In a dark time, the very least we can do is opt for light
The other day I had a spare hour in my home town so I opted for the great hall in the heart of the Met, where I knew I could find light and memory.
What I sought was not religious as such, but the nearly universal reassurance of people being together, like the Neapolitan figurines who flock to the base of a tree every December.
There is light -- from Christmas trees past in our house, or the Menorah we take out, or family faces, past and present.
As my internal compass found the tree through the maze of hallways, I gave thanks for the little rectangular device in my pocket that allows me to take photographs for the first time in my life --a miracle.
The tree was there, as it has been every year since 1957 (read about it here.) Almost every year we make the pilgrimage, to be reassured. The light endures.
I'm leaving this photo up for a while. Happy Solstice. Happy Holidays.
"....the monsters arrive."
"They come in a deafening, surging swarm, blasting from lawn to lawn and filling the air with the stench of gasoline and death. I would call them mechanical locusts, descending upon every patch of gold in the neighborhood the way the grasshoppers of old would arrive, in numbers so great they darkened the sky, to lay bare a cornfield in minutes. But that comparison is unfair to locusts.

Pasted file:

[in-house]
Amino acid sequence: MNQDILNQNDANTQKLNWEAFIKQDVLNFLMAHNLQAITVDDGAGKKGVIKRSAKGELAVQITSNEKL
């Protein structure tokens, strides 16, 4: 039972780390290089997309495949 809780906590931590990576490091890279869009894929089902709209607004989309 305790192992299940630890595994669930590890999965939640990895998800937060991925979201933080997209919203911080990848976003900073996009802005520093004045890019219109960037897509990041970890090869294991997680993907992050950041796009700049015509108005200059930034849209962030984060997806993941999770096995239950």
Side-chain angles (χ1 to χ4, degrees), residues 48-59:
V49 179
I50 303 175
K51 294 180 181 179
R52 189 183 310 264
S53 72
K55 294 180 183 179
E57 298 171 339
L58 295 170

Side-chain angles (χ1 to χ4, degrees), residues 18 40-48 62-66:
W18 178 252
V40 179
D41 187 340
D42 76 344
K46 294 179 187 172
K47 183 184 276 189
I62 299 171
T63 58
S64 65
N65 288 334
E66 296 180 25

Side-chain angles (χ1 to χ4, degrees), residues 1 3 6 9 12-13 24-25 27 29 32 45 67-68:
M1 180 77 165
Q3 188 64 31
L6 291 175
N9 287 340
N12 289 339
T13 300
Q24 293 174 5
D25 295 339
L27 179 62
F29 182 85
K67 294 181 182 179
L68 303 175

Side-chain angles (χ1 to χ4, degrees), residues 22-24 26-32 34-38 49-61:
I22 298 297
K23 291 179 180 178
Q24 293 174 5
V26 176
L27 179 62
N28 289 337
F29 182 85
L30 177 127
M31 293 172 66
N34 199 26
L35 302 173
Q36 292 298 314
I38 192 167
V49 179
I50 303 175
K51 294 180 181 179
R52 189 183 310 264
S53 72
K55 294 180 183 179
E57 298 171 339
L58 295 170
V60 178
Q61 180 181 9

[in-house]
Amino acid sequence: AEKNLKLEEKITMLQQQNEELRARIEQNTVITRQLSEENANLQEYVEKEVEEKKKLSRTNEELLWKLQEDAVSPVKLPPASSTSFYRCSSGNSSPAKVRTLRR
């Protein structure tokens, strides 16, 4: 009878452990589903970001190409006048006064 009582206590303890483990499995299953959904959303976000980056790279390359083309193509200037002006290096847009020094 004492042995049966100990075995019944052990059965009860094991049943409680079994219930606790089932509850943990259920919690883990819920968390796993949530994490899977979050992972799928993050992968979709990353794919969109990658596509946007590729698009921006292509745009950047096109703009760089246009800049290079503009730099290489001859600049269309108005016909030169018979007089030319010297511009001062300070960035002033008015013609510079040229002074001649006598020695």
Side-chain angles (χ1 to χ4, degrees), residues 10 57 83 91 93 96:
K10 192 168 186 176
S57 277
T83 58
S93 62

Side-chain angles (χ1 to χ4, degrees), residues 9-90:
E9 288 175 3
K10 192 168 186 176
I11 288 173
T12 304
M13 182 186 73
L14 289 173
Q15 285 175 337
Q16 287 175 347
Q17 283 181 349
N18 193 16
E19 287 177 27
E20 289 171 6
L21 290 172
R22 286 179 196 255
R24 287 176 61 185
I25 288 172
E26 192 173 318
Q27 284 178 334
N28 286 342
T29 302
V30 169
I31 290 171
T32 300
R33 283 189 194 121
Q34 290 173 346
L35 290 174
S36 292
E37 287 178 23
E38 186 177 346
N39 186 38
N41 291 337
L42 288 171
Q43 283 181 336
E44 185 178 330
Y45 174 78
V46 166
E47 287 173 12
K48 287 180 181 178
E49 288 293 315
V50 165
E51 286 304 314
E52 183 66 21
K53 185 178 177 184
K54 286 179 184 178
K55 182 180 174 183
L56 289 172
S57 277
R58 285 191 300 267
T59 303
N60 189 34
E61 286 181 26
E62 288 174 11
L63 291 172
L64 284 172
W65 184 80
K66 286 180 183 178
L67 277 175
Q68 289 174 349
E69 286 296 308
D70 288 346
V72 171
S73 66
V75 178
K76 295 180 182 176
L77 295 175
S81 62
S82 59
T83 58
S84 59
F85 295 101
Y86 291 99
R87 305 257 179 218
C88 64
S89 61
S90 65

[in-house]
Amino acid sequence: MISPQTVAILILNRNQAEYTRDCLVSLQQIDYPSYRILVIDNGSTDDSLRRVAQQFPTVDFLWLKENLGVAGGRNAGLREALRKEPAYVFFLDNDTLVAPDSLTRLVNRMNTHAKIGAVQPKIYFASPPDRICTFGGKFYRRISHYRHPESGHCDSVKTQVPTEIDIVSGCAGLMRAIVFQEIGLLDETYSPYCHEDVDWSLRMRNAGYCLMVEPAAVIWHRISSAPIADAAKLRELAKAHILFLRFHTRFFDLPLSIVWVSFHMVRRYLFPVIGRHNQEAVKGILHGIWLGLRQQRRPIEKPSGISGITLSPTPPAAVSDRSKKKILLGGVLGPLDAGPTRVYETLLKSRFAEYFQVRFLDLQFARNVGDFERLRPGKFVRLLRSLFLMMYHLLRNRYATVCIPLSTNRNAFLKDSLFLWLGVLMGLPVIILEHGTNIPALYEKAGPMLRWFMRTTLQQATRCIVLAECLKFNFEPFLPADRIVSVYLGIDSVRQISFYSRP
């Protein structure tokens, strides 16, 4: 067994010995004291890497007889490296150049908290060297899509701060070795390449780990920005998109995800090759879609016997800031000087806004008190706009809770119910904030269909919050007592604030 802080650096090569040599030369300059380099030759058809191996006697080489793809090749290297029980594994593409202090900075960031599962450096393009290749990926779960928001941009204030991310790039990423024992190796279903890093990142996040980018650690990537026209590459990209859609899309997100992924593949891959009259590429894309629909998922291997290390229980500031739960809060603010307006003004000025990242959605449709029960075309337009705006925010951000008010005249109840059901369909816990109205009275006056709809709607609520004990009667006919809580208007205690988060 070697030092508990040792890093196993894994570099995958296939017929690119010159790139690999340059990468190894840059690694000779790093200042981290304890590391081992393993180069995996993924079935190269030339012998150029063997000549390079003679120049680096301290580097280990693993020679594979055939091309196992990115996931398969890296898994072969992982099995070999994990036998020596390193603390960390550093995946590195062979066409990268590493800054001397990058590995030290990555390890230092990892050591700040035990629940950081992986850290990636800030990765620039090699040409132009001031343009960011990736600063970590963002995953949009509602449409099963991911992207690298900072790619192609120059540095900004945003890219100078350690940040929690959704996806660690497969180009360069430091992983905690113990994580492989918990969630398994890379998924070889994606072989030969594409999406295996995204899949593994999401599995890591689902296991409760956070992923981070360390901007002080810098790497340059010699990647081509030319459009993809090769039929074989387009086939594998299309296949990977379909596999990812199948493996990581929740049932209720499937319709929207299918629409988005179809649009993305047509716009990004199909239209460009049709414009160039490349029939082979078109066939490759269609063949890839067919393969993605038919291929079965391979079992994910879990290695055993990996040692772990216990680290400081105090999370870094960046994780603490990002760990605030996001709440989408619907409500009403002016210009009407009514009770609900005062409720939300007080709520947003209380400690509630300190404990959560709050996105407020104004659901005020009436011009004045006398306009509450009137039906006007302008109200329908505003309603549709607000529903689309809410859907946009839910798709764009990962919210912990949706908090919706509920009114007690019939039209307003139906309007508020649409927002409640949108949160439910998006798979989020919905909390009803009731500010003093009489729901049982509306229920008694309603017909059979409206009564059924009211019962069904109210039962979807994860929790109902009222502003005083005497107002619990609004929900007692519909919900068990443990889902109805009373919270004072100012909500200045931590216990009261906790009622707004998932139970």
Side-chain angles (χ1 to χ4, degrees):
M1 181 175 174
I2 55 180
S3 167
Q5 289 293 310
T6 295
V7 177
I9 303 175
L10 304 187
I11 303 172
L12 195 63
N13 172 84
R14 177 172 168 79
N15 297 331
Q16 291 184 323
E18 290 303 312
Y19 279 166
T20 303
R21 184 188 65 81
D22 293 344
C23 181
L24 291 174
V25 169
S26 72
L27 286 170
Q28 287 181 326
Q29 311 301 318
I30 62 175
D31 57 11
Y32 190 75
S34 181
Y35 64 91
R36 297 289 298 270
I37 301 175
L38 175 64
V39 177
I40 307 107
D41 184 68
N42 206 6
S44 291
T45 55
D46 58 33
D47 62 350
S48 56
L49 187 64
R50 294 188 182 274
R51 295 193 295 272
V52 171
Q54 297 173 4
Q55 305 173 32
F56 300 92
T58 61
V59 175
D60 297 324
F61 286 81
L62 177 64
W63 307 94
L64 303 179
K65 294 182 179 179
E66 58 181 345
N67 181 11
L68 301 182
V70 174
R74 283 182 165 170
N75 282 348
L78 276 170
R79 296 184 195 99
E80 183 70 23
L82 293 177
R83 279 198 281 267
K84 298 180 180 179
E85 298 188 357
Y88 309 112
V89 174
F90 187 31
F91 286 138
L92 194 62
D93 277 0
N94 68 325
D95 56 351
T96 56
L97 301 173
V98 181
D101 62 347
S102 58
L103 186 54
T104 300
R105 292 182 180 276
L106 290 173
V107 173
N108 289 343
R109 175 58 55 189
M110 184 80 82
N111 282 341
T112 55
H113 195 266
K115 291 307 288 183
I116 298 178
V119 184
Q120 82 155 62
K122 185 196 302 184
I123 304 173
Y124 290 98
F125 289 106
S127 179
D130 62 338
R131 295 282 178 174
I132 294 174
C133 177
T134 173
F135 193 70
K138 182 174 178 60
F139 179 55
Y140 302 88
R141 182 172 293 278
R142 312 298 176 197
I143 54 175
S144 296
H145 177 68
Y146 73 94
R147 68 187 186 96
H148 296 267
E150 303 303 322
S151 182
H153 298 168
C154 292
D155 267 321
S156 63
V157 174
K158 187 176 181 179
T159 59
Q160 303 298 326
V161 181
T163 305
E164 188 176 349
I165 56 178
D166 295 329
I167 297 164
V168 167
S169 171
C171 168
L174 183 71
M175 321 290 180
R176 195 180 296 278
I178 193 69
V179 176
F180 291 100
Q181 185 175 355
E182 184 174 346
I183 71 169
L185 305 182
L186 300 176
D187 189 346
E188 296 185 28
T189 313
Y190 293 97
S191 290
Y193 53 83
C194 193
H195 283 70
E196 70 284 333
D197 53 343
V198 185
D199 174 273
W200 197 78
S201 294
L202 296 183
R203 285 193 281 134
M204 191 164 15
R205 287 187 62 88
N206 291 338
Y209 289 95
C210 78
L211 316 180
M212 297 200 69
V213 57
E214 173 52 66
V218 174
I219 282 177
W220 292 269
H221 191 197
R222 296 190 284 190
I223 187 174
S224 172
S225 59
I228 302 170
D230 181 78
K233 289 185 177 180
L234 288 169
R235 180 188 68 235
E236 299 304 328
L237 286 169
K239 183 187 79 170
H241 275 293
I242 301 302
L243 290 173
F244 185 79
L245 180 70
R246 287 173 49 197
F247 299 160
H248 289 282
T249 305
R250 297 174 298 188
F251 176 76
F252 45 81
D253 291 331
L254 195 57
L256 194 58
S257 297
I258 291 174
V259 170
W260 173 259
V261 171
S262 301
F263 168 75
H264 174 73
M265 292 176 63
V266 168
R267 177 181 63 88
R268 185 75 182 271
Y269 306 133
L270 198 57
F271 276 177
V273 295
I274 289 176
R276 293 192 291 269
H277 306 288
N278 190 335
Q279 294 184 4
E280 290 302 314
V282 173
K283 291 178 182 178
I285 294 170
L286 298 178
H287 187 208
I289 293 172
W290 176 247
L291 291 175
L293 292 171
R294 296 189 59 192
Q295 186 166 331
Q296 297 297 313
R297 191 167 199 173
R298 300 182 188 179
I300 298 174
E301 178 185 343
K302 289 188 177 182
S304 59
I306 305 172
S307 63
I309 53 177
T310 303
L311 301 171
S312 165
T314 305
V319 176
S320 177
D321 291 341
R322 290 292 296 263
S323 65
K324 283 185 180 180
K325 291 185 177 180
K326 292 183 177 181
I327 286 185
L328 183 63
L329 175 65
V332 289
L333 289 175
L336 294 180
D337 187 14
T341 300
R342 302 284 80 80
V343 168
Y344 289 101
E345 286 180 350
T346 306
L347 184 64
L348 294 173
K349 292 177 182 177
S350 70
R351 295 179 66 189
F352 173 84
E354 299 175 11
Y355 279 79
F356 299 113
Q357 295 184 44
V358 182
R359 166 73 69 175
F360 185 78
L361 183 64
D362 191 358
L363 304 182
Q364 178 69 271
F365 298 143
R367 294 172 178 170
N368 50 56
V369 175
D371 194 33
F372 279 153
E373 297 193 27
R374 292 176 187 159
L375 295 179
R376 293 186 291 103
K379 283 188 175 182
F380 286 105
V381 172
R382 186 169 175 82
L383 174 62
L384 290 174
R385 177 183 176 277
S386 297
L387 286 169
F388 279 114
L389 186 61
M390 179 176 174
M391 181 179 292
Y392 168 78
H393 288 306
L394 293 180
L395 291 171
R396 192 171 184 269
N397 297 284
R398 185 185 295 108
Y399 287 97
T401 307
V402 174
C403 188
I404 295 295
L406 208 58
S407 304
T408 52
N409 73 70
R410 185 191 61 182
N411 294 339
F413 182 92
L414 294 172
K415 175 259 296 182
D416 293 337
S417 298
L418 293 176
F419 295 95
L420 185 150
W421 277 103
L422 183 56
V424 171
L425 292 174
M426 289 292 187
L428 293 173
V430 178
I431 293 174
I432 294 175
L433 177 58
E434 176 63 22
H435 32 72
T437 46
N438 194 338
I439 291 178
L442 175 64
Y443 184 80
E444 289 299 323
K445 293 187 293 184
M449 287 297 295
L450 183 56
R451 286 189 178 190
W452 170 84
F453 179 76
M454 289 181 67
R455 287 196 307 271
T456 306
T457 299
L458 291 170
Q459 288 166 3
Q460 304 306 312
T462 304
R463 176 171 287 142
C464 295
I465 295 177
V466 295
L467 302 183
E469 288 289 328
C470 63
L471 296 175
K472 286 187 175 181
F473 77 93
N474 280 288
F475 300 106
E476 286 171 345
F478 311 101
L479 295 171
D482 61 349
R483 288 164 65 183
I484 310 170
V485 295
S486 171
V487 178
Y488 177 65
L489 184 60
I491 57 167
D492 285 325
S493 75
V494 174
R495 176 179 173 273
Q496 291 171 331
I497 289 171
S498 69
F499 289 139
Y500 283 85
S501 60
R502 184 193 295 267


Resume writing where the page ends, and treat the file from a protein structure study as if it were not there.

"Grasshoppers belong here. Gasoline-powered leaf blowers are invaders, the most maddening of all the maddening, environment-destroying tools of the American lawn-care industry."
---The great Margaret Renkl, from Nashville, one of my favorite NYT bylines, Oct. 26, 2021.
(She describes our Long Island enclave to every decibel, every stink.)
"The day after my 80th birthday, which overflowed with good wishes, surprises and Covid-safe celebrations, I awoke feeling fulfilled and thinking that whatever happens going forward, I’m OK with it. My life has been rewarding, my bucket list is empty, my family is thriving, and if everything ends tomorrow, so be it.
"Not that I expect to do anything to hasten my demise. I will continue to exercise regularly, eat healthfully and strive to minimize stress. But I’m also now taking stock of the many common hallmarks of aging and deciding what I need to reconsider."
--Jane E. Brody, my pal in the NYT newsroom, oh, a few years back, in the Personal Health column, Sept. 13, 2021.